Womens Health Magazine: By Esther Crain

6 Reasons Women Should Strength Train Like Men

Other than the showers, the weight room is probably the most sex-segregated place in any gym. The body benefits of lifting and strength training are clear, yet the gender split persists: most of the gymgoers inside are men. So what's keeping so many women from incorporating strength training into their fitness regimen, the way dudes do? "Women tend to shy away from weights because they're intimidating if you aren't familiar with them, and also, they fear bulking up too much," explains personal trainer Rachel Cosgrove, the creator of the Women's Health Spartacus 4.0 Workout in the Women's Health Personal Trainer subscription tool.
About getting ripped: it can't happen without lots of testosterone, which the female body doesn't have. So you can nix worrying about that. And as for getting over weight room intimidation, a trainer or gym staffer can show you the ropes. Still not convinced? Here, Cosgrove offers six reasons that we hope will inspire you to make the weight room truly coed. 

You'll torch tons more calories 
Fact: strength training, whether via free weights or a machine, builds muscle. The more muscle mass you have, the higher your metabolism is - even when you're just hanging out on the sofa, says Cosgrove. Higher metabolism means more calories burned after the workout is over!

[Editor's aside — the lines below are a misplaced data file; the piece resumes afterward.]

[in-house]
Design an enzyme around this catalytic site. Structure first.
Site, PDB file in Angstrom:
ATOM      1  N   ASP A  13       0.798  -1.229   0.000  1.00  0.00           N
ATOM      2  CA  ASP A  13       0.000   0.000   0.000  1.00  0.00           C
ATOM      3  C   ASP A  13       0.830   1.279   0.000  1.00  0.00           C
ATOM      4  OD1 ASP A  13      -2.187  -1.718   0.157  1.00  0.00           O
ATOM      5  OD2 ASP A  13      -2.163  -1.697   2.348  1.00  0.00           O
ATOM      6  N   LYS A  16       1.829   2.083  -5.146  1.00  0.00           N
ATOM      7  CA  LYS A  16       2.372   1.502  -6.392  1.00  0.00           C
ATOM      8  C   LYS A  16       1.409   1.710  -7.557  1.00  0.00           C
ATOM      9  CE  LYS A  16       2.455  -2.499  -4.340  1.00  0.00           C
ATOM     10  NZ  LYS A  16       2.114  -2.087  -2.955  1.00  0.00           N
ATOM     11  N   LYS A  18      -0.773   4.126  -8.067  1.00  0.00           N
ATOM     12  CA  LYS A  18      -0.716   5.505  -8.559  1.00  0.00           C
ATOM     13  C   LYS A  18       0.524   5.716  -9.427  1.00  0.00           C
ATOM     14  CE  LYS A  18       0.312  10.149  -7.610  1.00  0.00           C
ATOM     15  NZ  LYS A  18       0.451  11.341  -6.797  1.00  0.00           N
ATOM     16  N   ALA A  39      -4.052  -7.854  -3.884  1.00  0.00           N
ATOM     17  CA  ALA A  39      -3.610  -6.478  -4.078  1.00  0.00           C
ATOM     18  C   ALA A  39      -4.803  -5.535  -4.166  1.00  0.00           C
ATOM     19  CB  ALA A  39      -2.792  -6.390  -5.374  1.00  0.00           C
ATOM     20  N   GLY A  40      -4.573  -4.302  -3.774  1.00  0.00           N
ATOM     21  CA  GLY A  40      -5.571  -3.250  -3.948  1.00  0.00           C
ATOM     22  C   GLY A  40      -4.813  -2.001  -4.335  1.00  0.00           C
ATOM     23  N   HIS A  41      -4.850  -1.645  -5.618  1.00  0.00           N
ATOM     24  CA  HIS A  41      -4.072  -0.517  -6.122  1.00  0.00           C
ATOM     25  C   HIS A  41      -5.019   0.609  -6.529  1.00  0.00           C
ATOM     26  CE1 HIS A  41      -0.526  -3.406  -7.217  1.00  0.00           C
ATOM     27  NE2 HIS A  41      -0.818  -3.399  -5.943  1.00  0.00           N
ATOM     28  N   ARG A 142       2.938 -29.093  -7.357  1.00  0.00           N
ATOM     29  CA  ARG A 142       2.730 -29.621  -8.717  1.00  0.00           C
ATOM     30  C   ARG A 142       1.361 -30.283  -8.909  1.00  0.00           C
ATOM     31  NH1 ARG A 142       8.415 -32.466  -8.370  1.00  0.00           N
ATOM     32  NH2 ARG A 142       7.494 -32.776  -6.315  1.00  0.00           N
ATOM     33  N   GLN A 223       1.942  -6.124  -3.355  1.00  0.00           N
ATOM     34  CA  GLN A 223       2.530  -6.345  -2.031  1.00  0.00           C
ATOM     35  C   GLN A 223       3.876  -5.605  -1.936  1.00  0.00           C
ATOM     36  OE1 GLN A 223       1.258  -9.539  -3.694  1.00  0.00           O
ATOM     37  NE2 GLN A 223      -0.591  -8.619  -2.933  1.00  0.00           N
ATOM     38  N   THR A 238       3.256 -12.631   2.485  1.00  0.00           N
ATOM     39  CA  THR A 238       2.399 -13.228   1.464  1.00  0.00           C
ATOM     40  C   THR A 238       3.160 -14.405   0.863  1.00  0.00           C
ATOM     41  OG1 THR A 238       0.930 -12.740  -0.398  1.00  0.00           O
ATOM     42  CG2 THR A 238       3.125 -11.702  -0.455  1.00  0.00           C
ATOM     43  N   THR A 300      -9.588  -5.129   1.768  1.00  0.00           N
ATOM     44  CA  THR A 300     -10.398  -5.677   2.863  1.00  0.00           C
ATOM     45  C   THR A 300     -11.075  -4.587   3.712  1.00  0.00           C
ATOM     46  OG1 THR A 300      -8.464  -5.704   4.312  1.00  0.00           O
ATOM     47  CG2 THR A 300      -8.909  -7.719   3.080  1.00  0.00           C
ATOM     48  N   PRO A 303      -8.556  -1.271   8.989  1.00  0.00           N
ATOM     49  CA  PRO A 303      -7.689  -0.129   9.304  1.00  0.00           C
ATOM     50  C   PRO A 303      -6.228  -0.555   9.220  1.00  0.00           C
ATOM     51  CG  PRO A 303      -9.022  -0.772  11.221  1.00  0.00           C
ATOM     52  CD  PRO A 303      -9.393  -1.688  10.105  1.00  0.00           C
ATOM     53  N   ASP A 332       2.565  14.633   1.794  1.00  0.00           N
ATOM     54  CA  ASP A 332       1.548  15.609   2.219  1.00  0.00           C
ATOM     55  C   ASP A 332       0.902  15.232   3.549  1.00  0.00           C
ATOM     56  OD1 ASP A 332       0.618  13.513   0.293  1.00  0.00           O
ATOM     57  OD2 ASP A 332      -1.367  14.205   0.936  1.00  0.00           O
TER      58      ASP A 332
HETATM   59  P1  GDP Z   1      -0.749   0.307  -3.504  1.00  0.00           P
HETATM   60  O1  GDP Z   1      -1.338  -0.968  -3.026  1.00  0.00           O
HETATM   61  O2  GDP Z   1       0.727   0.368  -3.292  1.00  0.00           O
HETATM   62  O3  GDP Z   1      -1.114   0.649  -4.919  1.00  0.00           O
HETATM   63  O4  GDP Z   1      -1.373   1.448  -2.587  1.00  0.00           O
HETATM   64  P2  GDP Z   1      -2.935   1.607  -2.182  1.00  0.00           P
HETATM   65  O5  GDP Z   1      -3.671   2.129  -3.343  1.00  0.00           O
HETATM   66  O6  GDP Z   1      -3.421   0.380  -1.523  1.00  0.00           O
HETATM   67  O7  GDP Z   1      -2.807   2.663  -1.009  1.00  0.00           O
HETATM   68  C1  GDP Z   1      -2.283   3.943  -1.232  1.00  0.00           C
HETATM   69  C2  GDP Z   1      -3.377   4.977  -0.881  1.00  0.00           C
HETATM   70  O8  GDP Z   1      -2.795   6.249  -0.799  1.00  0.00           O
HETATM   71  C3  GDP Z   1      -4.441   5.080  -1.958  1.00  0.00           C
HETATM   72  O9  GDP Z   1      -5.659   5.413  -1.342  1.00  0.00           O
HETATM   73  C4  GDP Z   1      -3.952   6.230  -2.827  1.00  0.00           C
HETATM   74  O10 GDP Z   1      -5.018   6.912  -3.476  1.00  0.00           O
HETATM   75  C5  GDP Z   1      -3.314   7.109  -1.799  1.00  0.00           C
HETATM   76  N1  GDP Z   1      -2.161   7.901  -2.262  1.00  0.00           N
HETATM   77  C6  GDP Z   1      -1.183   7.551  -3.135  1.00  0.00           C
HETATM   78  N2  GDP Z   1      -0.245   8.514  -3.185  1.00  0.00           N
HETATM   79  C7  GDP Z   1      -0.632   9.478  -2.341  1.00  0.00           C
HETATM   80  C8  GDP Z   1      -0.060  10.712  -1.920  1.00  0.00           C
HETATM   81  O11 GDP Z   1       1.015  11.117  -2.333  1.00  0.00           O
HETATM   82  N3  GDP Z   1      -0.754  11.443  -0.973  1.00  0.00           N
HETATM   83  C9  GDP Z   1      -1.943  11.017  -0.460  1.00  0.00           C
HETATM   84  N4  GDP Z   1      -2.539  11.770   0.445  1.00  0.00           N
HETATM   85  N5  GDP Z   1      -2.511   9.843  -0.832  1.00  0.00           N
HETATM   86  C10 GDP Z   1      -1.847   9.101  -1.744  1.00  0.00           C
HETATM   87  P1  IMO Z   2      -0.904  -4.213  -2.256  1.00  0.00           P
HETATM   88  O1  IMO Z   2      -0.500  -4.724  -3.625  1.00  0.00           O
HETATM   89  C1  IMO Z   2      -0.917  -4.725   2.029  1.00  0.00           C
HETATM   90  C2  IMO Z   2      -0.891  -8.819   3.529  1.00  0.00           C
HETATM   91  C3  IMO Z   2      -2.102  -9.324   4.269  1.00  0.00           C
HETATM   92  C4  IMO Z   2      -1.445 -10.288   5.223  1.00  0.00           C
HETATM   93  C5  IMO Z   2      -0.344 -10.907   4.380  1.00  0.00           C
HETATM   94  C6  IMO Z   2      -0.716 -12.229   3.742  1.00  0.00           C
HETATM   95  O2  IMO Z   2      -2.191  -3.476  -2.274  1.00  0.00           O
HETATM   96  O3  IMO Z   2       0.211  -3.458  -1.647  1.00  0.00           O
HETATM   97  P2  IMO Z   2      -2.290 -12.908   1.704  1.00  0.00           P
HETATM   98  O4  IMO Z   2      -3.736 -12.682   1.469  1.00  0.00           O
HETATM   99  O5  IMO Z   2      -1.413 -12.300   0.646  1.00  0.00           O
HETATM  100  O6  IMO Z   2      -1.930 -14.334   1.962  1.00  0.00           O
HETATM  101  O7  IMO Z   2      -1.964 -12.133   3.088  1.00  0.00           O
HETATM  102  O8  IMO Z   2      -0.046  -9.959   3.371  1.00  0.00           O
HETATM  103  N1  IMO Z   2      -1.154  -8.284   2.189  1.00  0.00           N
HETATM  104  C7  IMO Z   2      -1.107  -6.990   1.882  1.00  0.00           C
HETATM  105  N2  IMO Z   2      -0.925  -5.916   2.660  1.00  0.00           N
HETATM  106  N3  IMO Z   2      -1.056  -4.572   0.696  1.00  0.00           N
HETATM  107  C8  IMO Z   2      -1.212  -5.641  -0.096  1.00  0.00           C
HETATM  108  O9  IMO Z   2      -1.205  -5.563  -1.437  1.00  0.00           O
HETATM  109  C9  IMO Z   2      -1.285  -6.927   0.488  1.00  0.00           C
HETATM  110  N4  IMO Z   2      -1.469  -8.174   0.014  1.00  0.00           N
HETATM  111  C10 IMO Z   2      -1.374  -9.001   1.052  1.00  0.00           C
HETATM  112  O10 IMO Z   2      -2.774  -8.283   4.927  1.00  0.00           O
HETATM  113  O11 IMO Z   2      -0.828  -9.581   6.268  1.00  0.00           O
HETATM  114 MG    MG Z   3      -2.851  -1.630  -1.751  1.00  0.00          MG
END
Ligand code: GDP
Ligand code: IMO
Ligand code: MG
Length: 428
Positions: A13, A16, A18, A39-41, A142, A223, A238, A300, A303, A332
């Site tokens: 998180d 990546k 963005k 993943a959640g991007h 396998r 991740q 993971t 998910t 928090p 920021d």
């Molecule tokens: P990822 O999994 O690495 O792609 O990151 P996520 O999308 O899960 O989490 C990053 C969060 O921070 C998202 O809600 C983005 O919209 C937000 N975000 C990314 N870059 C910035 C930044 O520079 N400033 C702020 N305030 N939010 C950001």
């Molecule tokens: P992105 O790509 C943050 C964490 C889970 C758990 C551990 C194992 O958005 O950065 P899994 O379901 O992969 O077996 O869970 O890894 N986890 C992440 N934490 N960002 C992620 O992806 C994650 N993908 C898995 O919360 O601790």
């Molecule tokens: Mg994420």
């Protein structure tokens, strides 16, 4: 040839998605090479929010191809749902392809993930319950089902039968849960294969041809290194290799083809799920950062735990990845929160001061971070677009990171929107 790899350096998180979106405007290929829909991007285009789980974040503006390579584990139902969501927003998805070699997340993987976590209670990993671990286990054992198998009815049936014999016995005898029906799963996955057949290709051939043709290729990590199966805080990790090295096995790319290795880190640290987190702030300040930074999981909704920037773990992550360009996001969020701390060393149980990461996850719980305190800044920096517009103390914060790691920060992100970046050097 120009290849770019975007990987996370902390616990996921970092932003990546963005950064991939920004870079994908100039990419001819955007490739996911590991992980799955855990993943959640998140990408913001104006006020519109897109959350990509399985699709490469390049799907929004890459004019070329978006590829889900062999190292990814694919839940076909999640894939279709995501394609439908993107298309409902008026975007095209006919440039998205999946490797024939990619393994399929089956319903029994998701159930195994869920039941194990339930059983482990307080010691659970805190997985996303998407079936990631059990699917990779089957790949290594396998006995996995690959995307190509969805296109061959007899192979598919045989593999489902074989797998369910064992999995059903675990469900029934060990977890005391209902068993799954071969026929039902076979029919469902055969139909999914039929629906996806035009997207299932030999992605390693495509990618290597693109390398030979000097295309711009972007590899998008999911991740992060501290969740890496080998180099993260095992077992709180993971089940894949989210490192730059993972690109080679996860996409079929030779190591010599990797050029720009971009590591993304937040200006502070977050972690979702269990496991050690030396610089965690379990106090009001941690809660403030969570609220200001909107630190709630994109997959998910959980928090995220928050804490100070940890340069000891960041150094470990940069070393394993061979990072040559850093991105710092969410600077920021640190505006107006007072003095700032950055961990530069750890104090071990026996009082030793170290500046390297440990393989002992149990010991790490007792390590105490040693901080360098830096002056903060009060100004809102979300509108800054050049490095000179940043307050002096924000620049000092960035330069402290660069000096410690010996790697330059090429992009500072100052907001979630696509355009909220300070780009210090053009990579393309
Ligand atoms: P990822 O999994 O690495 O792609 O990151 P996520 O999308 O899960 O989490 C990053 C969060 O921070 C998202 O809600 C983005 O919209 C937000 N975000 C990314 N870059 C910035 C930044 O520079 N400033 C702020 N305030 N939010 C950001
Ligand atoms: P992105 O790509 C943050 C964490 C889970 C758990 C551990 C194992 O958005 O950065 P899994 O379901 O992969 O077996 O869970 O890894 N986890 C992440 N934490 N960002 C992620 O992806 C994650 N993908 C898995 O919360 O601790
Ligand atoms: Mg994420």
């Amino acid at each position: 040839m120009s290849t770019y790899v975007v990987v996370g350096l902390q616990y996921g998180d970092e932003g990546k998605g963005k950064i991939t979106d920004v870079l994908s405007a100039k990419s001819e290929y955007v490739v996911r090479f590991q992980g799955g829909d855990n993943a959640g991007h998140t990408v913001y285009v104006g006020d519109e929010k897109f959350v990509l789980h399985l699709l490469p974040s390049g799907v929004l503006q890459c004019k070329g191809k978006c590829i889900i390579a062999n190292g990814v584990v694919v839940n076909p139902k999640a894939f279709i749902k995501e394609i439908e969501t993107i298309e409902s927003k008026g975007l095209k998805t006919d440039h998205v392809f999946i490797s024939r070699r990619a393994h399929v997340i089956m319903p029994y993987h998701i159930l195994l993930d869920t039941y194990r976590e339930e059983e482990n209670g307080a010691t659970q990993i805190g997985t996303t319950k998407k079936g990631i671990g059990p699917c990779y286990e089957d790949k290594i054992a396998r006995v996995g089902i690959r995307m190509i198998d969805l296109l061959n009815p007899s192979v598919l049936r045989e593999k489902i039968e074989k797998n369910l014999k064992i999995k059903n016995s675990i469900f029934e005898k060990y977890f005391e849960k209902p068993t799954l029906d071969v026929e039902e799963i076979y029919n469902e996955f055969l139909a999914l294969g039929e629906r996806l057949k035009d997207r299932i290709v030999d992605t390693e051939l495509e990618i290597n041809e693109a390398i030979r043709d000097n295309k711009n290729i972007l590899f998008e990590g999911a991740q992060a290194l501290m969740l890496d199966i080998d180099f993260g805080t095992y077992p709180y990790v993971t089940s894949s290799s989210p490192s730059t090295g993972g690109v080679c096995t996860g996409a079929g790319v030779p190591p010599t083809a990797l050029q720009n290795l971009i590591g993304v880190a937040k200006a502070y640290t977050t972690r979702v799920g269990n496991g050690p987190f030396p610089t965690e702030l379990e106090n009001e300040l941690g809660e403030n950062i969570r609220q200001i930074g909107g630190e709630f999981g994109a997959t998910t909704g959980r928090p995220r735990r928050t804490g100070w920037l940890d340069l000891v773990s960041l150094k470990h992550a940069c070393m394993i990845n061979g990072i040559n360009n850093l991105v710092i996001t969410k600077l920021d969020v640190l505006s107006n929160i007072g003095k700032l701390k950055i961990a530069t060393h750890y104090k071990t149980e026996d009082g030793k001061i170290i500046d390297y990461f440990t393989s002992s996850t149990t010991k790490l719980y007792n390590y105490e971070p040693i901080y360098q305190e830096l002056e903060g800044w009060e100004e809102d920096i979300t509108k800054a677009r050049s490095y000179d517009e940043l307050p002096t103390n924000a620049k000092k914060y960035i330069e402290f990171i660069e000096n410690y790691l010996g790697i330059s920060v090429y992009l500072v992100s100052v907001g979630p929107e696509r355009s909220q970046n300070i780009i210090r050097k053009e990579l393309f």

Your confidence will get a kick
No wonder guys who train strut around showing off their muscles. The physical benefits of weight training appear within weeks of starting a program. You'll notice that your shape is toned and tighter, and that fires up your self-esteem, says Cosgrove. 

You'll boost your cardio performance
Stronger muscles translate into more speed and endurance on the track, more power as you pedal, and a more efficient performance at any activity. "Weight training also helps you blast past those plateaus that happen during cardio workouts - when you think you've reached your limit running or cycling, creating muscle mass gives you the edge you need," says Cosgrove. In fact, Women's Health assistant editor Caitlin Carlson recently wrote about how strength training helps with cardio, as she's learning during her 6 Weeks to Bootcamp Fit training plan.

You'll strengthen your bones
You're probably not worried about osteoporosis now - it's a condition caused by bone loss that doesn't typically begin to show up until you're well past the half-century mark. Still, keeping your bones healthy and strong now will reduce your odds of developing osteoporosis later. And aside from consuming lots of calcium, one of the best ways is to weight train. "Repetitive lifting helps build bone density," says Cosgrove. 

You'll see results almost instantly
"Unlike cardio workouts like running, strength training reaps benefits almost immediately. "Start strength training two times a week, and each week, you see incremental changes: you'll get a little stronger, allowing you to do another set of reps or lift more weight," says Cosgrove. "Seeing results so quickly makes you feel motivated and positive."
Your risk of injury goes down
Stronger muscles and bones make you more stable and agile, so you aren't as prone to injuries in or away from the gym, says Cosgrove. 

Convinced yet?



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